Much like meditation, a sound bath can guide you through trying times.
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All around the world, in millions of houses, billions of long-ignored to-dos are suddenly getting some love now that everyone’s trying to wait out COVID at home.
Those dressers that had been disorganized since they first held your drawers?
Sorted on day two.
The yucky grey glop formerly known as crispy green broccoli lurking in the crisper?
Evicted from its flophouse on the bad side of the fridge.
That cycling class you’d meant to try way back in the days when you could go places and do stuff and the world wasn’t ending?
Wait, you’ve never taken a cycling class?
Seriously? It’s literally never been easier to do from home.
For one thing, it’s literally only been possible for a little while, and there hasn’t been much variety to the offerings. That’s changing now, especially with so many studios starting to offer virtual classes on Mindbody.
Even better, there’s no room full of strangers at home to judge if you fall down your first time up on the bike—just rooms full of (possibly strange, probably bored) family members.
One place where rookie riders can run into difficulty is with the special cleats people wear in spin studios. “If you’ve never used clip-in cleats, it’s great to get comfortable with them at home before trying them in class,” says Libby Acquafresca, an instructor at Cycletribe cycling studio.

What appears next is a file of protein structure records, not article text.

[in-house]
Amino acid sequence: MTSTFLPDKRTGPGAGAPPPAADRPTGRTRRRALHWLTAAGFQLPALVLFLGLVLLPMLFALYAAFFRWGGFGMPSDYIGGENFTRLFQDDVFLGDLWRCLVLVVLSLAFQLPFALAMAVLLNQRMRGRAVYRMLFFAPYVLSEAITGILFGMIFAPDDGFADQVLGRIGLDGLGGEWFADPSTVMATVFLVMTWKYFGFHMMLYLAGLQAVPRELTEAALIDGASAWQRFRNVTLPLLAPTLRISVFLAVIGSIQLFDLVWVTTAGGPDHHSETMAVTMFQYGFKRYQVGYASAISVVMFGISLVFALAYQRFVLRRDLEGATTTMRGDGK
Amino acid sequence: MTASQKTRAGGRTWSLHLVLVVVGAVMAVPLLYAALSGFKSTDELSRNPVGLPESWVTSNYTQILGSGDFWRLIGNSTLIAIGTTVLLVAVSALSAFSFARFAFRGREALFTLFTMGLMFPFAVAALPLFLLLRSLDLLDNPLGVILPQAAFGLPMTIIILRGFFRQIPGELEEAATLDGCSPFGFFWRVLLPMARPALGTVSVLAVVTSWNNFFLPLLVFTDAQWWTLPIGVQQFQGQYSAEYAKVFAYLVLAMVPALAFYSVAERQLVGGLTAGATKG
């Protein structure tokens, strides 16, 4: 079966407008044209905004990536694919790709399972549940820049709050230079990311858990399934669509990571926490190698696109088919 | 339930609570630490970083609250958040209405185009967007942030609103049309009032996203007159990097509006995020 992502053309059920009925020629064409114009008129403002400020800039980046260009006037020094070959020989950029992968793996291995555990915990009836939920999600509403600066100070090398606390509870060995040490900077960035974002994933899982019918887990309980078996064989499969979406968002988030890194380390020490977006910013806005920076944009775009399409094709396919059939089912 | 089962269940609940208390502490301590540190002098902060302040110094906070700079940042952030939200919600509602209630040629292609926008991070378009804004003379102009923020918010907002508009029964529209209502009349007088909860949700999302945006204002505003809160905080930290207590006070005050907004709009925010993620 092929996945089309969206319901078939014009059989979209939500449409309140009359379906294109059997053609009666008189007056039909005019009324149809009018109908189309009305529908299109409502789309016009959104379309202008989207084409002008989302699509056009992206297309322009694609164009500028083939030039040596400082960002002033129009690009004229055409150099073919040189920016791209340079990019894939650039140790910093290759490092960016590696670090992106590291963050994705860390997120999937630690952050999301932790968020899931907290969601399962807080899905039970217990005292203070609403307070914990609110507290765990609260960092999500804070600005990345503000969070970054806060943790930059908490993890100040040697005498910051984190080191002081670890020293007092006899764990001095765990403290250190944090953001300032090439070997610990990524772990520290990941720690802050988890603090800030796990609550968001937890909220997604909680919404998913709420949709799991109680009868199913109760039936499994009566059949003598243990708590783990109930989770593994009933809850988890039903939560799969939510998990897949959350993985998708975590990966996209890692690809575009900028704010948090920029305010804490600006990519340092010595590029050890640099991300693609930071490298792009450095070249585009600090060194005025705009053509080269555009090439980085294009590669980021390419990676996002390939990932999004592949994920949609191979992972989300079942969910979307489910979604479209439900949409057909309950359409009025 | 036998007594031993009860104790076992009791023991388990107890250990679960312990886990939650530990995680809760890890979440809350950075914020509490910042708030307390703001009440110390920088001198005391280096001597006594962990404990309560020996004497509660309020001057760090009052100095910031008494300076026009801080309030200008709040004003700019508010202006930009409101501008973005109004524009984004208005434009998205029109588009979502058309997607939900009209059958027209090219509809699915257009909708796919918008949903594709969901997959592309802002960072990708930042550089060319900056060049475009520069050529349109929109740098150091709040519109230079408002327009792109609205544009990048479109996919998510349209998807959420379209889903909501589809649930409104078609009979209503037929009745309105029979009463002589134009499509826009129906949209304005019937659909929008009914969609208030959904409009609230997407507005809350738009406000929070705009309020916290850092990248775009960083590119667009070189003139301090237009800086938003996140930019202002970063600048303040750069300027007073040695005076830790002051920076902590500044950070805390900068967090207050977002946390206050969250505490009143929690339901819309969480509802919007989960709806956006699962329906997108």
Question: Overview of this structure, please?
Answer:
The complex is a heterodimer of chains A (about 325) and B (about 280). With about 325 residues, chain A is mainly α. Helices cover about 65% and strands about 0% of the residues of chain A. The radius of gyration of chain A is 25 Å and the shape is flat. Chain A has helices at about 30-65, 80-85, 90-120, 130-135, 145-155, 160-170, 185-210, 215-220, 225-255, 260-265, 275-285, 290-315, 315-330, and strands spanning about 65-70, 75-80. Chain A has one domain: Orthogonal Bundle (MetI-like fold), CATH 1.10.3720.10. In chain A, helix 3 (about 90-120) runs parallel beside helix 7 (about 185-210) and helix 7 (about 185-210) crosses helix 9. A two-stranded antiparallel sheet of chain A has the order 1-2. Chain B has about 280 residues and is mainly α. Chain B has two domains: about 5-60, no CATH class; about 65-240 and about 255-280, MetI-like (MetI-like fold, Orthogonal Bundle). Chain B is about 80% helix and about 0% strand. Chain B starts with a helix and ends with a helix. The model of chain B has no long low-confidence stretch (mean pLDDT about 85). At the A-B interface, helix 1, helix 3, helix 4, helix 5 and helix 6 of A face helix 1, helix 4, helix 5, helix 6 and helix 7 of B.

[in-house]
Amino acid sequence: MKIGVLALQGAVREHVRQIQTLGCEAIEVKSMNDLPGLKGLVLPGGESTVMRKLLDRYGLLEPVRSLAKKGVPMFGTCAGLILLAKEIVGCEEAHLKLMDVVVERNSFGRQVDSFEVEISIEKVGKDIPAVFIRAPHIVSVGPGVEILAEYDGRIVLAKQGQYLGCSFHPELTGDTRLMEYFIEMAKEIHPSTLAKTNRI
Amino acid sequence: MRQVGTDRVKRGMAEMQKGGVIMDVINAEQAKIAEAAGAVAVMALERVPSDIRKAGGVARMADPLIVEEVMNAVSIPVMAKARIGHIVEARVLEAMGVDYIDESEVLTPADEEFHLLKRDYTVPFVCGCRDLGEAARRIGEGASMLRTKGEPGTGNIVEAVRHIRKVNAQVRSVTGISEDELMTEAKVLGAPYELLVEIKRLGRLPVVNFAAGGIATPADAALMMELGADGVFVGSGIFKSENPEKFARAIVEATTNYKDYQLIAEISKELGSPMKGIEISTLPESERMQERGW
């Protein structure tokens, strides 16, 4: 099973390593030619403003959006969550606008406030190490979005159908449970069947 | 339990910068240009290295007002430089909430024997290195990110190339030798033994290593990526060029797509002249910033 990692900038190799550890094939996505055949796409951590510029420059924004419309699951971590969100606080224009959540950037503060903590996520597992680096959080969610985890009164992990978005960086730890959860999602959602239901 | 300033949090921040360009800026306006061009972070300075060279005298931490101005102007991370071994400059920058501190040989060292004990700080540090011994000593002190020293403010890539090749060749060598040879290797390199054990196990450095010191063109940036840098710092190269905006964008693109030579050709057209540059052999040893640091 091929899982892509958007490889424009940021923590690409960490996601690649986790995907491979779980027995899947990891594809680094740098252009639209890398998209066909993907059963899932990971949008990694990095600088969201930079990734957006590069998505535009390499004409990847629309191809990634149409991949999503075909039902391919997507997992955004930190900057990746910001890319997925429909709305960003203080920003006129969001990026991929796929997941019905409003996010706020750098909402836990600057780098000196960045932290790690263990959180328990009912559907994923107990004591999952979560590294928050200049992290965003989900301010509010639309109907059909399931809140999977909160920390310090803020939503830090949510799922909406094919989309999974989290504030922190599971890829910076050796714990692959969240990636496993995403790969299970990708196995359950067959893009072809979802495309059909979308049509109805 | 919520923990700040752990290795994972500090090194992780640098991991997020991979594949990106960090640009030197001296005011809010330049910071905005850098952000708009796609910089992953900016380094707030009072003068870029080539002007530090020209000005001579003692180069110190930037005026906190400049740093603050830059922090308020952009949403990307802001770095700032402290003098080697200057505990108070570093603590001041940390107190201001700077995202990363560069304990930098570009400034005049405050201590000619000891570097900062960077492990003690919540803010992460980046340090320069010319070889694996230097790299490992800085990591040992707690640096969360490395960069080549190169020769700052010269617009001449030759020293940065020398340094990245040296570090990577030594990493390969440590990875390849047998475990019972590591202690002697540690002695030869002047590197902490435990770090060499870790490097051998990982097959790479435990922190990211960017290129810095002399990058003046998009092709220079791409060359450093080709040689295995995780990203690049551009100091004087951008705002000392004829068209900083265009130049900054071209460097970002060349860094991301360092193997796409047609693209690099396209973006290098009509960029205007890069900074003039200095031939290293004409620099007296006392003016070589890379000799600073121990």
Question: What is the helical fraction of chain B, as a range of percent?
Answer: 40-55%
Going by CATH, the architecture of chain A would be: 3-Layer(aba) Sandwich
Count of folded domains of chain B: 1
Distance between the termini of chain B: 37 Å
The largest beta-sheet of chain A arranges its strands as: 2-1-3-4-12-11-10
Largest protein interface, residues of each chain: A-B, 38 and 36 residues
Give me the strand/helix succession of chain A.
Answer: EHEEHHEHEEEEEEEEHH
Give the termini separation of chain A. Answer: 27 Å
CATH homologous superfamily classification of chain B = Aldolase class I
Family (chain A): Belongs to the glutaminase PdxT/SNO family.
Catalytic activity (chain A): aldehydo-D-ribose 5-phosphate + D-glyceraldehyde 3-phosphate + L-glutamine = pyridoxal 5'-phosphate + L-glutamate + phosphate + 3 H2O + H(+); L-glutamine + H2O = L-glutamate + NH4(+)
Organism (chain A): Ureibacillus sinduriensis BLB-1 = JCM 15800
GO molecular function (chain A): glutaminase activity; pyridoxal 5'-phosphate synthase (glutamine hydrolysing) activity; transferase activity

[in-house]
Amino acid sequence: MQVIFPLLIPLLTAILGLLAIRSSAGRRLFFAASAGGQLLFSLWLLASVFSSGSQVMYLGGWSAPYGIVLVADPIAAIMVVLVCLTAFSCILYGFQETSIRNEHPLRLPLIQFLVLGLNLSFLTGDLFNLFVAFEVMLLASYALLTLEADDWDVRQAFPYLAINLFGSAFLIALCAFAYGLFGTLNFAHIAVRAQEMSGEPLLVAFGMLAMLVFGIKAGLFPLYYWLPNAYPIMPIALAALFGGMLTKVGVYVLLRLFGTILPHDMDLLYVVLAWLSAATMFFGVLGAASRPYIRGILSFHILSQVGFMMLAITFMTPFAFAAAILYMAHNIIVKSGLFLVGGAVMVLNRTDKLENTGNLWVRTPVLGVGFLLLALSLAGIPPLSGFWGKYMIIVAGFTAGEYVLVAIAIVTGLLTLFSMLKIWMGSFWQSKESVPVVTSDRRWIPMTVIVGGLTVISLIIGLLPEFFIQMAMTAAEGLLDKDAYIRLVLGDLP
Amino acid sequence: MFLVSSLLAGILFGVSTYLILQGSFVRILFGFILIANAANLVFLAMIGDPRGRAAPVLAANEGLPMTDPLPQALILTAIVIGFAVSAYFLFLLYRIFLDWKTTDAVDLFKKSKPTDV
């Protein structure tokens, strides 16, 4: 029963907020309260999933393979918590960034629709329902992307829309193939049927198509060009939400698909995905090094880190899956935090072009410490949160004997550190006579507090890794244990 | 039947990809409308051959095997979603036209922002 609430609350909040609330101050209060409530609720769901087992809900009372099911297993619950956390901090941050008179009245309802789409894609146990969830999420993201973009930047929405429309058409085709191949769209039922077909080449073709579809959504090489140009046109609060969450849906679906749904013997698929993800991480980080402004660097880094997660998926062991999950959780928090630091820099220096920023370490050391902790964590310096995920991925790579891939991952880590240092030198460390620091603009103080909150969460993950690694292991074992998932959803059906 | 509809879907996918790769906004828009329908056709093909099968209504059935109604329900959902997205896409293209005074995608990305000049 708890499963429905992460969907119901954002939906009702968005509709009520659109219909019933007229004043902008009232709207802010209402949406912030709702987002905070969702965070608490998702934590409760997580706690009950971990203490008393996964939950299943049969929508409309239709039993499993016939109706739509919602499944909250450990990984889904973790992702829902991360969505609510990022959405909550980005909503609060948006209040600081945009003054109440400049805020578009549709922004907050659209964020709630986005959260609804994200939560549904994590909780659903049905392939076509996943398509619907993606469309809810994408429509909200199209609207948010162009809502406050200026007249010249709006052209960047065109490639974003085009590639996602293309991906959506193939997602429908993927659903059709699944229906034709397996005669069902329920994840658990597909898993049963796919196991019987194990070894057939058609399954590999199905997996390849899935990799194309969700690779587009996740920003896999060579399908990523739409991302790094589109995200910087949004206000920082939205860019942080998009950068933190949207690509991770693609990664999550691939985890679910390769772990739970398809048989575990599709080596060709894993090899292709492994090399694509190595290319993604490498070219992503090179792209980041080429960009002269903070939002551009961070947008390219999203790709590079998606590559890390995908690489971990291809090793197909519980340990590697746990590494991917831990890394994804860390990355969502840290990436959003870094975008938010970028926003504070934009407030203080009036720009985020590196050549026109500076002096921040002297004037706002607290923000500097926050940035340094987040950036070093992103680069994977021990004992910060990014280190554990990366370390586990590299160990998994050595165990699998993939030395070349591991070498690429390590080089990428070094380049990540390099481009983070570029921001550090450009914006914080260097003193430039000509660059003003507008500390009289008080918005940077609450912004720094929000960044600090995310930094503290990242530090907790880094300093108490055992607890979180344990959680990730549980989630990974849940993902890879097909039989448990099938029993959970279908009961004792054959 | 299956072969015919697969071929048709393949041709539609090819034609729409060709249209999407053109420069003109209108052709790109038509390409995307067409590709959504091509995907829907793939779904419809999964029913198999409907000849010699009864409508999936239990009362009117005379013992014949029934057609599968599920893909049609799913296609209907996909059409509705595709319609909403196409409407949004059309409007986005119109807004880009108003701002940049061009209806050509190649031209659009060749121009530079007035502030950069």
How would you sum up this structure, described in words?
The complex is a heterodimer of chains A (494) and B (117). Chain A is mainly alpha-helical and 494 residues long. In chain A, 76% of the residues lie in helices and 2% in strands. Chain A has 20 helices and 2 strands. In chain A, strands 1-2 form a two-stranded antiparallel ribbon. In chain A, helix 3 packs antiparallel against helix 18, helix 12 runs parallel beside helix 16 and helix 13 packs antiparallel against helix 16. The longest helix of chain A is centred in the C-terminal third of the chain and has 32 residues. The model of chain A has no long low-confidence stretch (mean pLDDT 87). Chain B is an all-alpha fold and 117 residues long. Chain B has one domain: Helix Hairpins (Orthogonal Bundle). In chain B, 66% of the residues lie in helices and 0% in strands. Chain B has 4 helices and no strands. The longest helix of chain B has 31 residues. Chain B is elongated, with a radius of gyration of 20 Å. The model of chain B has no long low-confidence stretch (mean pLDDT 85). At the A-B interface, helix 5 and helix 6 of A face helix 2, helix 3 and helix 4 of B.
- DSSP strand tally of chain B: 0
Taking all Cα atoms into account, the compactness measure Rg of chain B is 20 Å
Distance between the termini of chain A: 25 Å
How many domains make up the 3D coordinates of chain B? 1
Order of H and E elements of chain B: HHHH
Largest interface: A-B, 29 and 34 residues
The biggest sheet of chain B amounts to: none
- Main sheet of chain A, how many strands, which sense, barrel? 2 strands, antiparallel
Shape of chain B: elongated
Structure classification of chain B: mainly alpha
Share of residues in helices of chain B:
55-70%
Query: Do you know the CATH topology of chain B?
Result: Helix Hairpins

If you already have a bike of your own, all you really need to purchase is something called a bike trainer. It holds your bike in place but offers resistance to the rear wheel as if you were riding on the free road.
(If you’ve never played around with a bike trainer, it might be worth setting up a video consultation with your local bike shop. Lots of them are still open, even if it’s only for service calls and contactless sales, like Foothill Cyclery in San Luis Obispo, California.)
Don’t have a bicycle of your own? A smart option is to rent a spin bike locally. Since most spin studios can’t hold classes in person, some are renting out their equipment—an arrangement where everybody wins in the interim until the pandemic passes.
Once you have the equipment you need, the most important thing is to make sure it’s set up the right way.
“Bike setup is key,” says Libby, the Cycletribe instructor. In fact, she says, people riding at home have a certain setup advantage. “A lot of times people don’t show up to class with enough time to set up—or even learn how to setup.”
She recommends new riders “try out different seat and handlebar heights to find their perfect match,” something they can do at their own pace without the pressure of class start time looming. To get the seat dialed in, Libby suggests you “stand next to the seat. Hip height is a good place to start.”
All that’s left at that point is the easiest part: browse virtual cycling classes on Mindbody!
If you try a couple classes that you don’t enjoy, you still have a perfectly good exercise bike. Plus, with everyone adjusting to life with COVID, more and more fitness studios are moving online to stay open. Even if cycling isn’t for you, you’re sure to find something else you love.
You find another healthy hobby you love—AND you return to society with quads and glutes strong enough to crack walnuts.
Not only that, once the world opens up again and you’re able to try out your first live class, you’ll already be a grizzled veteran.
“The experience would be almost the same working out at home,” even if you lose the feeling of being among your teammates,” Libby says. She points out that by starting out at home, you can “work on certain moves we do a lot in class, like tap backs, handlebar presses, and figure 8's.”